Atkins claims that the Cenobites have been weakened by Kirsty’s reminder that they were once human. I can also read into it that Leviathan wants to replace them with Channard, as he was more evil in his former life than they ever were. I can buy this because the movie has a strong sense of mystery about it that suggests there is more going on behind the scenes than what we get onscreen. Nonetheless, this sense of mystery, though it covers for problems with the script and direction, is owed more than anything else to Barker’s concepts and Christopher Young’s magnificent score. I’m not sure how much credit Atkins and Randel deserve for what they get away with in Hellbound.

Amusingly, Lawrence makes a comment about Kirsty and Tiffany getting together at the end of the movie, but she and Atkins also ship Kirsty and Pinhead. They’re not the only ones; they’ve seen the evidence in fanzines. Hellraiser fanfic? The mind boggles.

Genre as variations on a theme: Seven Men From Now (Budd Boetticher, 1956)


Seven Men from Now is a film entirely concerned with being what it is, not just by avoiding larger matters, symbolic or otherwise, but in how it focuses on showing and revealing one small story. It’s about the journey Ben Stride (Randolph Scott) takes to revenge himself upon the seven men who killed his wife during a train robbery. Along the way, he meets two settlers, Annie (Gail Russell) and John Greer (Walter Reed), and gunslinger Bill Masters (Lee Marvin); these three become part of his story too.

This film only involves a few characters. Even the seven men play little part. Rather, the film gradually explores the relationships between the four leads. They are all connected, and slowly drawn closer together. Reveals are made slowly and with understatement, and many thoughts are unspoken. Every nuance is explored as the journey continues, and as the characters separate and reunite.

In this context, an actor such as Lee Martin can be a standout with little effort. In only a few exaggerated gestures, Masters becomes positively flamboyant. He makes advances toward Annie in full view of her husband, he practices his quickdraw, he delivers exposition about the past that Stride has no interest in revealing. He’s charismatic, and funny, and ruthless, and his self-confidence may be his downfall.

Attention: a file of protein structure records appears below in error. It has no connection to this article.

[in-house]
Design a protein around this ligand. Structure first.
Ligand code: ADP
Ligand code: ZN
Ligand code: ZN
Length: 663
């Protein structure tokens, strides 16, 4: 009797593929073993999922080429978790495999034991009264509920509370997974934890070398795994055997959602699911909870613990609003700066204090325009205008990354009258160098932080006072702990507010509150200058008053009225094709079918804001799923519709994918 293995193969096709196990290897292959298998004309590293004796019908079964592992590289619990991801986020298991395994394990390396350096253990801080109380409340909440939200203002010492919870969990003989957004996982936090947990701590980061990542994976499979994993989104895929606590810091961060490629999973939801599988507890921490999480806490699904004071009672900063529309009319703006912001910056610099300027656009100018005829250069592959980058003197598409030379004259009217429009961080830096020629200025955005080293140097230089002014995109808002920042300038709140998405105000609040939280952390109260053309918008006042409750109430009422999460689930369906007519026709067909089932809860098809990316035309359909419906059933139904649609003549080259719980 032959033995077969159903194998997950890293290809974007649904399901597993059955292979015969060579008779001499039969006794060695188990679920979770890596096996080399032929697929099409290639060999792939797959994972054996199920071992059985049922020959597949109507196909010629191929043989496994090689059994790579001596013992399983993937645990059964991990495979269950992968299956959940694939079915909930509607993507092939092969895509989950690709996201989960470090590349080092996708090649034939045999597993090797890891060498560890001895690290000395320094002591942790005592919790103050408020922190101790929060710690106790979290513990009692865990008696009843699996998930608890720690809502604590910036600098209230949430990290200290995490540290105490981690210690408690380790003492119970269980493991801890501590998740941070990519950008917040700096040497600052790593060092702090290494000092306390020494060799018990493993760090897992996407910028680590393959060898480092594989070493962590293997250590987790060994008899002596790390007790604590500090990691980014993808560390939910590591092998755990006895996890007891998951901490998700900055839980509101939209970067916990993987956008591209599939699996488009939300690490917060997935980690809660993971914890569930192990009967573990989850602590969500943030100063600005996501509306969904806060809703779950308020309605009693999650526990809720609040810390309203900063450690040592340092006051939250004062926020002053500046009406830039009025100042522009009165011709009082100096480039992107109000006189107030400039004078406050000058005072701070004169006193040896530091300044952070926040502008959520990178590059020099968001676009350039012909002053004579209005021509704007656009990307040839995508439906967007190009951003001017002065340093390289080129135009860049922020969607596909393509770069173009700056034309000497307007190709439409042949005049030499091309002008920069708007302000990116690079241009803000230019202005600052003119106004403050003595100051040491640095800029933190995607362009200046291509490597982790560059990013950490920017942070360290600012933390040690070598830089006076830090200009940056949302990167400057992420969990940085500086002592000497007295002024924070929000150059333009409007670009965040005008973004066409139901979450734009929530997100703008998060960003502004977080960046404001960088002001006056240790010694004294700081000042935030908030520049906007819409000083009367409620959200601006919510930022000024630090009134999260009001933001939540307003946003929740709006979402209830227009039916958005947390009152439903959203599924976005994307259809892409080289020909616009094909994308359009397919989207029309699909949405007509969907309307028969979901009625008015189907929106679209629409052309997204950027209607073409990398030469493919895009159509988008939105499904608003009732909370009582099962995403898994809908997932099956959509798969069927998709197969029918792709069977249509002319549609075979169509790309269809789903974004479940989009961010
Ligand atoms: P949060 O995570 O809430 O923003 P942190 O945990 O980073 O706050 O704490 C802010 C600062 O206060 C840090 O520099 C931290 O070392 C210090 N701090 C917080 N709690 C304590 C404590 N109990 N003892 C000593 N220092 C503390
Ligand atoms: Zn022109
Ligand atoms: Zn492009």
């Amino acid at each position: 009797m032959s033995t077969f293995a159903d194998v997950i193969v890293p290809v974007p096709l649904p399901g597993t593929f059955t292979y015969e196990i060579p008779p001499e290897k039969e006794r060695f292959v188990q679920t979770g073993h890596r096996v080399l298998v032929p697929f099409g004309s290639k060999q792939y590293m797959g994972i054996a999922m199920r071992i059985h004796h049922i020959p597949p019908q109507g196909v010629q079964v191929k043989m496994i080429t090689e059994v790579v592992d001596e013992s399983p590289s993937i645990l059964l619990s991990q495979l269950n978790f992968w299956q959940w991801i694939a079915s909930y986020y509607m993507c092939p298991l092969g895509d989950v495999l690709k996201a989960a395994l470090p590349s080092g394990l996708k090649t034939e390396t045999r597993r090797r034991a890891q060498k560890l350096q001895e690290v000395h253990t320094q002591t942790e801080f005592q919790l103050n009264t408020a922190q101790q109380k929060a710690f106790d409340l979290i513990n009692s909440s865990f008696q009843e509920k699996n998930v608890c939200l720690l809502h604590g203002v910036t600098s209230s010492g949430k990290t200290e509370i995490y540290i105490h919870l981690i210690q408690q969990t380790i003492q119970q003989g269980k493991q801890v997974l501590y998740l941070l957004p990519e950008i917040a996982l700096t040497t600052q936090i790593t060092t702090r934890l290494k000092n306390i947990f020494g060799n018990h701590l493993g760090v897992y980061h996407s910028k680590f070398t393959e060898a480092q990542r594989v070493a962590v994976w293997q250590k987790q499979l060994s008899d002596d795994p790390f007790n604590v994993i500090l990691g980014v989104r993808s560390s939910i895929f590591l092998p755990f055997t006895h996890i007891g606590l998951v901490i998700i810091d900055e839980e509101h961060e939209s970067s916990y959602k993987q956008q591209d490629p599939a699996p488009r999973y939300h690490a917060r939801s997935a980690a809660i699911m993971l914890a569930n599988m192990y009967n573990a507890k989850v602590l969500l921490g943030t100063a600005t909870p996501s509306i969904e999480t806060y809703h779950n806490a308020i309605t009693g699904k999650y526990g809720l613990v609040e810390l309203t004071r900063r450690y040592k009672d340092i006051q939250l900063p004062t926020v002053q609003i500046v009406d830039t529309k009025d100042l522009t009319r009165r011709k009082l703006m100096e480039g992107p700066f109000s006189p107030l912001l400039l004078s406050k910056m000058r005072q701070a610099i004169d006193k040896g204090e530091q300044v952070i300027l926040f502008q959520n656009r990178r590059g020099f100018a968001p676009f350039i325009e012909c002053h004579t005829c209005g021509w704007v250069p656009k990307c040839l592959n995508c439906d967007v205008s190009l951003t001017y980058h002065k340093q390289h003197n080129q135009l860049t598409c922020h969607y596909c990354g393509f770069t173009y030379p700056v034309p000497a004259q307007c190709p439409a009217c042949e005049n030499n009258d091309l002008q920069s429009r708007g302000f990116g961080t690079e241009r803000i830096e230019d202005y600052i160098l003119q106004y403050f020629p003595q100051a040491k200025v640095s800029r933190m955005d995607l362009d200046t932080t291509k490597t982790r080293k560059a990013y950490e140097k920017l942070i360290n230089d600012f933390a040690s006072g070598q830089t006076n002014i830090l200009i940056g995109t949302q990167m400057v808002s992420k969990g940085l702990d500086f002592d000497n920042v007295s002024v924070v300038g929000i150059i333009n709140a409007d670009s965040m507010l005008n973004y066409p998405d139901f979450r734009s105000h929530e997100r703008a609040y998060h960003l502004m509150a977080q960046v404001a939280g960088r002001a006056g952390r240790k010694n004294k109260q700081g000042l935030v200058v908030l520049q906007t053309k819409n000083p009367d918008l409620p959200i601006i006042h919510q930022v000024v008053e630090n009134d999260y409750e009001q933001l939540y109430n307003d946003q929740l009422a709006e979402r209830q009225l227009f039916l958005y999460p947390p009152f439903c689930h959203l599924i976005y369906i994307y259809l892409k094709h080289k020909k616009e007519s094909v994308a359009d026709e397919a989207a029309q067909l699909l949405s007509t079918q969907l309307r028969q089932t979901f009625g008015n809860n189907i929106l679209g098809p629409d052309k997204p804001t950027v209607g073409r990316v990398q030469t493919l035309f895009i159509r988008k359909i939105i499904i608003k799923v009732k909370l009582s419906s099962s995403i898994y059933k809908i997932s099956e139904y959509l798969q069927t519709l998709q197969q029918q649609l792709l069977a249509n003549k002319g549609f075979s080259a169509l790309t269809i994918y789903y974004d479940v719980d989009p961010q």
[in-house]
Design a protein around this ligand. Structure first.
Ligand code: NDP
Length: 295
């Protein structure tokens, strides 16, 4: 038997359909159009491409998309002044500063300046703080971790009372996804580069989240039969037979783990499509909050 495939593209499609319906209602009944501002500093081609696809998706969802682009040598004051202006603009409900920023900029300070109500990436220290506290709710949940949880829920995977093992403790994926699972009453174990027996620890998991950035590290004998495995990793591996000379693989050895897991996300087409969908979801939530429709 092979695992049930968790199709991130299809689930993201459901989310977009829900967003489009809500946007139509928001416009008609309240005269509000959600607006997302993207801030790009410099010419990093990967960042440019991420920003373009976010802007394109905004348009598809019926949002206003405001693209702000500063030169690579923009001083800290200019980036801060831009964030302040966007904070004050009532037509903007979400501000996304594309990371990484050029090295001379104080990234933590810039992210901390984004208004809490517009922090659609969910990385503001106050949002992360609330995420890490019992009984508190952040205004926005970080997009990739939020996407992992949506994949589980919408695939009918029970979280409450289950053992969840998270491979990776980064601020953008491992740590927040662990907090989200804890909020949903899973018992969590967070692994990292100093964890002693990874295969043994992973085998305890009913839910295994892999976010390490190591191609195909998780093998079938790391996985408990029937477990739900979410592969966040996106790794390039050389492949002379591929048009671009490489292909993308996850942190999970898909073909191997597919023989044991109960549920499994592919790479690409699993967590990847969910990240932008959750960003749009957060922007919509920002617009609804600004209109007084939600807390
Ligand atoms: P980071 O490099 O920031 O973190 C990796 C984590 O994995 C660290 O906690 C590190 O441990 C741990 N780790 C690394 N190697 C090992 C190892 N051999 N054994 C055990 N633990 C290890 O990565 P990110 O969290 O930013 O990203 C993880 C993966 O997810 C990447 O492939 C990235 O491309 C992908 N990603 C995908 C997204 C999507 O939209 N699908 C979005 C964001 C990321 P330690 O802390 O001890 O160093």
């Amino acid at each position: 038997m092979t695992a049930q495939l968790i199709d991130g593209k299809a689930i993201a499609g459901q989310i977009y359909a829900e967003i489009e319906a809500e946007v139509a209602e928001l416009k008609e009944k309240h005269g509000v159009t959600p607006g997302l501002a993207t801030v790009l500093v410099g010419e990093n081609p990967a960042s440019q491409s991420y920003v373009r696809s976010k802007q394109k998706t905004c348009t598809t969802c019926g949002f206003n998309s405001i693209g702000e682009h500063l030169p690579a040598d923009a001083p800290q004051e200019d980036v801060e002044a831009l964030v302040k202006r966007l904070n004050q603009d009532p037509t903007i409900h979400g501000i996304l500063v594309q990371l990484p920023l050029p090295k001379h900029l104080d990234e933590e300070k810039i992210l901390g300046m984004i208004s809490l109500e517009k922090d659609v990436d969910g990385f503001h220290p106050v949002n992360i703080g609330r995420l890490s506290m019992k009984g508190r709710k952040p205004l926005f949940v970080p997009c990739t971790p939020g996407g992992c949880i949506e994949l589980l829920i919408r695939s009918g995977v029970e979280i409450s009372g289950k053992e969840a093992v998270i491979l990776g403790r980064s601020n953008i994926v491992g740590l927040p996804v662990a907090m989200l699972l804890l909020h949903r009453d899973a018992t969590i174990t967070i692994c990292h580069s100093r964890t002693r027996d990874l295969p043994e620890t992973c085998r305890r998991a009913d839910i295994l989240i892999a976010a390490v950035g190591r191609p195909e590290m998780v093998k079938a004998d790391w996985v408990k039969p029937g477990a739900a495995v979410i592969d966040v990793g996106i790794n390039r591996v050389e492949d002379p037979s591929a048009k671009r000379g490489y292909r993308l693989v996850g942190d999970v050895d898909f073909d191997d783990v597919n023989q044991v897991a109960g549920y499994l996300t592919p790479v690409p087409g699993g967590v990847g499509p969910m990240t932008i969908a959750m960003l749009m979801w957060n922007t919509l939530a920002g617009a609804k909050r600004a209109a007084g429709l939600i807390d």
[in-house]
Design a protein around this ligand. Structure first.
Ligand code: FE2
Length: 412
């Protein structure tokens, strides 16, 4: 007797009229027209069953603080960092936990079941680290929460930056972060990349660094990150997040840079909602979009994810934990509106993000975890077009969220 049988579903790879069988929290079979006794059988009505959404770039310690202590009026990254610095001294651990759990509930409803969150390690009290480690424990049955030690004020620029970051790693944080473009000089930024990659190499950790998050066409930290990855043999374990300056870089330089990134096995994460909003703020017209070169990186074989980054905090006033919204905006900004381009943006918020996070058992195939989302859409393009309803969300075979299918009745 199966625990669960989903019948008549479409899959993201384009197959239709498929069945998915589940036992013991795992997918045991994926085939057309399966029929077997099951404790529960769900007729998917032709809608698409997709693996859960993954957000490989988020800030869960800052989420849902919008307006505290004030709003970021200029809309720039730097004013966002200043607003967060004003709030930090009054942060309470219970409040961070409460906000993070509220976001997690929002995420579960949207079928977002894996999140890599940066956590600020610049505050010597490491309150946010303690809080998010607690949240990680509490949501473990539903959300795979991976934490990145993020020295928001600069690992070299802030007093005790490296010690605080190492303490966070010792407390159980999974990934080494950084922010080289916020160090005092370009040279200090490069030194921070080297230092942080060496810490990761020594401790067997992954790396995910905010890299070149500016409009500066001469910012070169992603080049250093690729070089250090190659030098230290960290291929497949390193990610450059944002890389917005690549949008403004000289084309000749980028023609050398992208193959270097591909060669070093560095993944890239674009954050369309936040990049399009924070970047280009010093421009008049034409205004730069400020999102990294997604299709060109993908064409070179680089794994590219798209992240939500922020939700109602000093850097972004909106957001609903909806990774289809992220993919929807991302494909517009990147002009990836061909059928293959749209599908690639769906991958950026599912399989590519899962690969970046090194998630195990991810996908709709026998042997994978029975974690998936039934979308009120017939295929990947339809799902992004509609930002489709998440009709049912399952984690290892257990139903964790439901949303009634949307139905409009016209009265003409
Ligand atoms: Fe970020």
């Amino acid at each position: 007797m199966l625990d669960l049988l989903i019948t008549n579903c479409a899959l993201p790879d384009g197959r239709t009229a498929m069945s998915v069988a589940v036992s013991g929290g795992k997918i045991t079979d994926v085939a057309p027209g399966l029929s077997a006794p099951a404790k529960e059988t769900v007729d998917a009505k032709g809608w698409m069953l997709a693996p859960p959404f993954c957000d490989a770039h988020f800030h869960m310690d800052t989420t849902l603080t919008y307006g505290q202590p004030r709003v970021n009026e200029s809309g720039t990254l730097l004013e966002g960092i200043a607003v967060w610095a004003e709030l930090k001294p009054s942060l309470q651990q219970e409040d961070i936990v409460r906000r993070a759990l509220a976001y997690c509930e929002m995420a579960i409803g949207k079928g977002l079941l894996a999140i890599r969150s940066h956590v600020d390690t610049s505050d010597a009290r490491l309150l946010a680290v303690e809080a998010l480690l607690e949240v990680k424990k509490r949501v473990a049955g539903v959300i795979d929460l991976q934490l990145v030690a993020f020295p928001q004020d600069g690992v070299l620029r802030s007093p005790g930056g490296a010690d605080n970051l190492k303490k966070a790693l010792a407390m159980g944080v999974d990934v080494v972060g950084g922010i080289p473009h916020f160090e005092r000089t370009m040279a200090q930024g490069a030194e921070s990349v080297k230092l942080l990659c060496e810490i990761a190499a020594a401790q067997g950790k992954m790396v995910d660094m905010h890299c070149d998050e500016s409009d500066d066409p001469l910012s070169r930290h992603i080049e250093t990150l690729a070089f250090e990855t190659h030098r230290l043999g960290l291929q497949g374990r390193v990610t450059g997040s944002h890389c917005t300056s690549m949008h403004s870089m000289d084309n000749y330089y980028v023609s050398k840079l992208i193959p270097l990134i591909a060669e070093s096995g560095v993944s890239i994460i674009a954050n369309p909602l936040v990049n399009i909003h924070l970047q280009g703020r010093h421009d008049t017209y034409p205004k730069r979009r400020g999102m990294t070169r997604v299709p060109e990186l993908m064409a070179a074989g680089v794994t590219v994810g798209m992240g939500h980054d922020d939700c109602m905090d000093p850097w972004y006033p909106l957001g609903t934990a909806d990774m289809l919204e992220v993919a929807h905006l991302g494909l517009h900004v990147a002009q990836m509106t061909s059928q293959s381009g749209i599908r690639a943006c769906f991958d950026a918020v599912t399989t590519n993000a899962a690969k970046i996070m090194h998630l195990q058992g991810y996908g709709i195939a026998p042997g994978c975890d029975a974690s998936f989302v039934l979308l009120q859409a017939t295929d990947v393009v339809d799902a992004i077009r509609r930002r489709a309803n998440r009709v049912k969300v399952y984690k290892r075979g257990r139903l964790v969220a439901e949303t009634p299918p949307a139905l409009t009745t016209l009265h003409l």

Stride and Masters stand in stark contrast. Scott is stoically inexpressive, making every slight indication of Stride’s inner feelings significant. In an inventive scene, Stride sleeps out of the rain under a wagon, directly beneath where Annie will spend the night. A great deal passes between the characters even though they cannot see each other. Stride has been ruined by loss, and all that remains are remnants of emotions connected to his former life.

This film is rarely visually striking. Its landscapes are barren, with only one desert scene having a sense of beauty to it, and an unlikely one at that. Little details are important: a cloud of dust rising signals approaching riders; a wagon crossing a river sends sunlit ripples across the water, the journey briefly taking a pleasant turn; hidden gaps between rocks offer misleading means of escape, or entrapment. These are not Ford’s landscapes, or even Leone’s; they are unextravagant and often as ungiving as the film’s protagonist.

Seven Men From Now will feel familiar to anyone who’s ever seen a western. However, in its lack of scope, downplaying of iconography, and disinterest in violence, it shows how thoughtful decisions can create distinctiveness and defy expectations. As much as anything, the film is a highly successful commentary on the western. Its simplicity belies its intelligence and, under analysis, becomes its most accomplished feature.

The one with the killer twist ending: Witness for the Prosecution (Billy Wilder, 1957)


Witness for the Prosecution outsmarted me. Up until its last ten minutes, it had me convinced that I was watching a well acted and well made, but ultimately undistinguished courtroom drama. Then the final scene hits, with a series of gob-smacking reversals that somehow manage, through the capability of the script, to be completely earned by everything that has come before.

In the stellar cast, Charles Laughton is the standout as ailing lawyer Sir Wilfred Robarts. Despite being in terribly poor health, Robarts can’t resist taking on the case of Leonard Vole (Tyrone Power), war veteran and unemployed inventor, who has been accused of murdering an elderly woman for her money. Vole’s troubles grow when his wife, Christine (Marlene Dietrich), a German woman he met during the war, appears in court as a witness for the prosecution.

Obviously, things aren’t as they seem. Christine must have unseen motives. My expectation of this made me feel a little bored; I could sense a reveal coming, so didn’t think it would be much of a surprise. The performances, while strong (the perpetual struggle between Robarts and his overbearing nurse, Miss Plimsoll, is helped by the fact that she’s played by Laughton’s wife, Elsa Lanchester), couldn’t quite overcome my disinterest. The film is full of humour, but the only line I particularly liked was Robarts’ “I am constantly surprised that women’s hats do not provoke more murders.”

However, the genius of this script (based on Agatha Christie’s play and added to by Billy Wilder) is not just that Christine’s trick is a surprise, but that she’s not the only character who’s hiding something. More than that still, the way the characters react to their new knowledge manages to be surprising as well. And yet the reveals don’t conflict with what we have seen of the characters so far, especially since the performances work either way, whether they were being honest or otherwise.

Witness for the Prosecution’s ending doesn’t just redeem the film, it makes the entire two hour experience worth embarking upon. One of the characters exclaims, “I suspected something but not that! Never that!” and the highest compliment I can give this film I that it made me feel exactly the same way.